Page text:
By Alaina Perdon
Elm Staff Writer
Hearing “San Francisco” conjures images of the picturesque Golden Gate Bridge, sea lions rolling on the pier, and the iconic home from “Full House.” Seldom do people connect homelessness to the foggy tourist mecca; however, The Guardian reports the homeless population has climbed to almost 8,000 individuals.
Unlike in the past, when the issue was largely overlooked, a majority of the city’s population seems to acknowledge and wish to lighten the struggles of those less fortunate.
“People want us to address the challenges on our streets and help our unsheltered residents into housing, and I am committed to doing the hard work to make that happen,” Mayor London Breed said in The San Francisco Chronicle.
Despite sympathy from most, there still exists a small but influential faction vehemently against providing assistance to those in need.
In March 2019, residents of one of San Francisco’s wealthiest neighborhoods started a GoFundMe campaign to block the building of a new homeless shelter in the area. Raising roughly $70,000, the millionaire donors fear that drawing homeless individuals into their neighborhood will jeopardize property values and personal well-being.
These people clearly value their own posterity more than human life, willing to deny someone the basic right of shelter for the sake of preserving the worth of their investments. What’s more, their logic is grotesquely unfounded.
“In 2008, an NYU researcher concluded that supportive housing in New York City did not negatively affect property values and that they actually increased in the five years after the facilities were established in the area,” Guardian journalist Gabrielle Canon said in an article on the matter.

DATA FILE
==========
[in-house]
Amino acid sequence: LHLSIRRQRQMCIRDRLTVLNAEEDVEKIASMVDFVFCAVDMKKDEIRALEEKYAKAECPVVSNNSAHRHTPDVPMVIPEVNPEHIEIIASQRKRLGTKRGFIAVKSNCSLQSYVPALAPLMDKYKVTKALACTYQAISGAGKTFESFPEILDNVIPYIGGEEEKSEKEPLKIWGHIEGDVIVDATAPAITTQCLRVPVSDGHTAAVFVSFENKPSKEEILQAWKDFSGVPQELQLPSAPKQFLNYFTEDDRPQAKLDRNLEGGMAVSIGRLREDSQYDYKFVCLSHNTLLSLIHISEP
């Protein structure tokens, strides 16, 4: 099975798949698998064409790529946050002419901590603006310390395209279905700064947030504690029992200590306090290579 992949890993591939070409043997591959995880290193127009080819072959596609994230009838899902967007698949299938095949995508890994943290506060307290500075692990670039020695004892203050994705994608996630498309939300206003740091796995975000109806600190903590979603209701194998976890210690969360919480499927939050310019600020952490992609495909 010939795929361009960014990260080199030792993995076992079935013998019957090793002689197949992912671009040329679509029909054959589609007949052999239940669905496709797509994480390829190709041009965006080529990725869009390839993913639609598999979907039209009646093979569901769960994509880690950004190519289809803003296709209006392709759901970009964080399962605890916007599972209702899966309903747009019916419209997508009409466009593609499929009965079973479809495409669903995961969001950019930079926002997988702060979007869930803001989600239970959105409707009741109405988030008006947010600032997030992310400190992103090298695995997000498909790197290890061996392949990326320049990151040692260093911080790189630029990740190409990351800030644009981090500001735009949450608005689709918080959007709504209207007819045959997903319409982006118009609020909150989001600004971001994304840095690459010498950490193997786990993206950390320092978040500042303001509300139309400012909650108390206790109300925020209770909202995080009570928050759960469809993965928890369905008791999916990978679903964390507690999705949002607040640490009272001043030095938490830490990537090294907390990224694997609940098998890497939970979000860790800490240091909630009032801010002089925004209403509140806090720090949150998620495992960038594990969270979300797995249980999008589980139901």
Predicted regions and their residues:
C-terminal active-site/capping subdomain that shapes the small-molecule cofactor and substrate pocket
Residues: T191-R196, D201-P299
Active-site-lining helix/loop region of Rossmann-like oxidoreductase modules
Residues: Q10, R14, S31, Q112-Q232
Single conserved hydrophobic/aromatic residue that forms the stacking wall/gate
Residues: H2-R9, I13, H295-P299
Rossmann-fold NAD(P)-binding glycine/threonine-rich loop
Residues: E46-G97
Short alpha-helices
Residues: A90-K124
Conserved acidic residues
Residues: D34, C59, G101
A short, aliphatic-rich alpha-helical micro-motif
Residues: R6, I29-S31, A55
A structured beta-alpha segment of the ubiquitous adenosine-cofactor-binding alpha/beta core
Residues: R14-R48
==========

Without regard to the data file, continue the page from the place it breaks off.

The proposed facility would not only contribute 200 beds to those in need, but also connect its tenants with employment opportunities, healthcare, and counseling services in the area. For many, this is a matter of life or death, which should take precedence over numbers on a well-to-do dentist’s property listing.
While it is understandable that one would want to protect their assets, there comes a point at which human decency should outweigh image preservation. Kelley Cutler, human rights organizer for the Coalition on Homelessness, fears the stigma against the homeless is too deep-rooted to dissuade.
“No matter where the location is, folks say this is not the right space. Not in our community. So they are going through that right now in the Embarcadero,” she said.
With so many citizens outside of this realm of deep-pocketed folk, it is hopeful that compassion will win in San Francisco and 200 deserving individuals will finally find themselves with a roof over their heads. This will promote safety and sense of community throughout the entire Bay Area, benefitting families from every social class.
“[Homelessness] is impacting the community as a whole,” Cutler said. “We all need to step up — that way it can be safer for everyone.”